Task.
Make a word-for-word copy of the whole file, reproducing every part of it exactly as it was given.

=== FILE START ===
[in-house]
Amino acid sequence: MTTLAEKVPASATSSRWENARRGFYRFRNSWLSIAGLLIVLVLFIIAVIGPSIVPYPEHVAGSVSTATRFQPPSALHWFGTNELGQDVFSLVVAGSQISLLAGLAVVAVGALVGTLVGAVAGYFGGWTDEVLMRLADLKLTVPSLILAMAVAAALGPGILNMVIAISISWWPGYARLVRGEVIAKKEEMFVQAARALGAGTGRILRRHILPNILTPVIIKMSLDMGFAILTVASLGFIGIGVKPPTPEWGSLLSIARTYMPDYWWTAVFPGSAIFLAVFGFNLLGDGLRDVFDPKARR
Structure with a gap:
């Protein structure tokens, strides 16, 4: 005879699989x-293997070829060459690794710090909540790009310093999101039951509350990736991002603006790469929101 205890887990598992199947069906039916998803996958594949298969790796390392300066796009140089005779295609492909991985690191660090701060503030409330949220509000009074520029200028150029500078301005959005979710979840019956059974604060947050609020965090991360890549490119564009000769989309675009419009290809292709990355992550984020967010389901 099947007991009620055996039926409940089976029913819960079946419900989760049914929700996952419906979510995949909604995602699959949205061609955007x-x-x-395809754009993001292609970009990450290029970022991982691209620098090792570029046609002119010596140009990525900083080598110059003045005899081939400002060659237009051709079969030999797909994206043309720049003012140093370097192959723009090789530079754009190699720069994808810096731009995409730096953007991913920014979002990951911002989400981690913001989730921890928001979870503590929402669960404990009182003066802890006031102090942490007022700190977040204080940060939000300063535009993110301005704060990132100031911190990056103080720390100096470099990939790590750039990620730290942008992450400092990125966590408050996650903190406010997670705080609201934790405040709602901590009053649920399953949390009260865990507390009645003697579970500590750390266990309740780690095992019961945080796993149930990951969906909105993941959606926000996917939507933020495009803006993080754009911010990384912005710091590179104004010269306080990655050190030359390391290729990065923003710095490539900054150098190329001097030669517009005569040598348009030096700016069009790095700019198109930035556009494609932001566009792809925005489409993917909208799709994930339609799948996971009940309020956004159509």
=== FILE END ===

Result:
[in-house]
Amino acid sequence: MTTLAEKVPASATSSRWENARRGFYRFRNSWLSIAGLLIVLVLFIIAVIGPSIVPYPEHVAGSVSTATRFQPPSALHWFGTNELGQDVFSLVVAGSQISLLAGLAVVAVGALVGTLVGAVAGYFGGWTDEVLMRLADLKLTVPSLILAMAVAAALGPGILNMVIAISISWWPGYARLVRGEVIAKKEEMFVQAARALGAGTGRILRRHILPNILTPVIIKMSLDMGFAILTVASLGFIGIGVKPPTPEWGSLLSIARTYMPDYWWTAVFPGSAIFLAVFGFNLLGDGLRDVFDPKARR
Structure with a gap:
């Protein structure tokens, strides 16, 4: 005879699989x-293997070829060459690794710090909540790009310093999101039951509350990736991002603006790469929101 205890887990598992199947069906039916998803996958594949298969790796390392300066796009140089005779295609492909991985690191660090701060503030409330949220509000009074520029200028150029500078301005959005979710979840019956059974604060947050609020965090991360890549490119564009000769989309675009419009290809292709990355992550984020967010389901 099947007991009620055996039926409940089976029913819960079946419900989760049914929700996952419906979510995949909604995602699959949205061609955007x-x-x-395809754009993001292609970009990450290029970022991982691209620098090792570029046609002119010596140009990525900083080598110059003045005899081939400002060659237009051709079969030999797909994206043309720049003012140093370097192959723009090789530079754009190699720069994808810096731009995409730096953007991913920014979002990951911002989400981690913001989730921890928001979870503590929402669960404990009182003066802890006031102090942490007022700190977040204080940060939000300063535009993110301005704060990132100031911190990056103080720390100096470099990939790590750039990620730290942008992450400092990125966590408050996650903190406010997670705080609201934790405040709602901590009053649920399953949390009260865990507390009645003697579970500590750390266990309740780690095992019961945080796993149930990951969906909105993941959606926000996917939507933020495009803006993080754009911010990384912005710091590179104004010269306080990655050190030359390391290729990065923003710095490539900054150098190329001097030669517009005569040598348009030096700016069009790095700019198109930035556009494609932001566009792809925005489409993917909208799709994930339609799948996971009940309020956004159509």